Oxford AstraZeneca, vaccine, which requires a two-dose regimen, contains an inactivated cold-causing adenovirus with genetic instructions for making coronavirus proteins to trigger immunity. Clinical-trial data suggest that side effects of the second shot are milder than those caused by the first. Vaccines work by triggering your immune system to produce a reaction; you can however have side effects after you receive the vaccine that feels similar to having a real infection.
Things like having a fever, or getting a headache, often described as flu-like symptoms, are common after receiving many vaccines and this is the same for the approved COVID-19vaccines. Having these symptoms means that your immune system is working as it should be. Usually, these symptoms last a much shorter time than a real infection would, most are gone within the first 1-2 days.
Who can't have the vaccines? None of the trials conducted on the currently available vaccines has included pregnant or breastfeeding women. It is expected that there will be more trials and data on this in future. Children and young people have a very low risk of becoming seriously ill from COVID-19 disease compared to adults. Oxford-AstraZeneca vaccines should not be given to those who have had previous severe allergic reaction to, a previous dose of the same COVID-19vaccine.
Getting COVID-19 might offer some natural protection or immunity from re-infection with the virus that causes COVID-19. But it's not clear how long this protection lasts. Because re-infection is possible andCOVID-19 can cause severe medical complications, it's recommended that people who have already had the disease get a COVID-19 vaccine. If you've hadCOVID-19, you might delay vaccination until 90 days after your diagnosis. Re-infection with the virus that causes COVID-19 is uncommon in the 90 days after you are first infected.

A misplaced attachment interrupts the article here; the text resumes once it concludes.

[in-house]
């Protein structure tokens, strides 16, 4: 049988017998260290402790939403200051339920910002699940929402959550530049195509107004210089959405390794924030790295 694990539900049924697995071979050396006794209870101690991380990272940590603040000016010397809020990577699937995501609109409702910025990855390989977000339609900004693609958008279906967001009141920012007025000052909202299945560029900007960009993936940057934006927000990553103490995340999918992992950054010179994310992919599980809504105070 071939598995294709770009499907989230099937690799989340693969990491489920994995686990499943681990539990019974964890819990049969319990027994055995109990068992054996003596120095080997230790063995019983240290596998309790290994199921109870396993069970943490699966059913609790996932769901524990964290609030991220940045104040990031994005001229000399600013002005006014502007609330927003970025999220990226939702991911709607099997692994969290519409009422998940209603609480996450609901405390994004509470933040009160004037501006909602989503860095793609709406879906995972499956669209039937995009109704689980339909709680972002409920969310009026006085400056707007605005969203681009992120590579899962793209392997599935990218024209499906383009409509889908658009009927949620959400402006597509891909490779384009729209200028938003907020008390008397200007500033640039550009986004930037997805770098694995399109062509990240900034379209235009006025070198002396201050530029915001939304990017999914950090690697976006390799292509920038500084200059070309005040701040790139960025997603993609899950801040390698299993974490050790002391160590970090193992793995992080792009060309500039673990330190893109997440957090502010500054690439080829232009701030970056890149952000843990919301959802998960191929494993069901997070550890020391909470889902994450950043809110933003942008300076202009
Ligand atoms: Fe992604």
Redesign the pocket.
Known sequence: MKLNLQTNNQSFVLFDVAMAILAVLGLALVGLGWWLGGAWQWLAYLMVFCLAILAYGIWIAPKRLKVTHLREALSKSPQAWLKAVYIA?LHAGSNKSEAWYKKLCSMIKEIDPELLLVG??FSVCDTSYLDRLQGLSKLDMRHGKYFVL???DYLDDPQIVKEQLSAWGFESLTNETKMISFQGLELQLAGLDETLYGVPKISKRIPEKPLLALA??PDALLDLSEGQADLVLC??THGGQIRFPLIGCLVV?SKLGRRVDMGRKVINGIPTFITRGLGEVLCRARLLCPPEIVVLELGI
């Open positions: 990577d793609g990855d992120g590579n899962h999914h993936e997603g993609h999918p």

You actually don't even get the full benefit of the vaccine until about two weeks after that second dose, so you are still susceptible in that time frame. But every recommendation from the World Health Organization, the CDC is to continue masking and social distancing until we get to herd immunity. Stopping a pandemic requires using all the tools available. Vaccines work with your immune system so your body will be ready to fight the virus if you are exposed. Other steps, like masks and social distancing, help reduce your chance of being exposed to the virus or spreading it to others. Together, COVID-19 vaccination and following CDC's recommendations to protect yourself and others will offer the best protection from COVID-19.
There is not currently a plan in place to do antibody or immunity testing after the vaccine. The evidence suggests that the vaccine is successful in most people. Getting your COVID-19 vaccination as soon as you can, should protect you and may help to protect your family and those you care for. The COVID-19 vaccine should help reduce the rates of serious illness and save lives and will therefore reduce pressure on health and social care services.
Research results show that a single dose is good enough for the first 90 days but we see that signal of efficacy drop after 90 days, and the immune response in terms of stronger antibody response after the second dose. In combination, those two factors strongly suggest that a second dose should still be given.
Dr Zubair Khaled Huq Family medicine, Gerontology, Public Health Specialist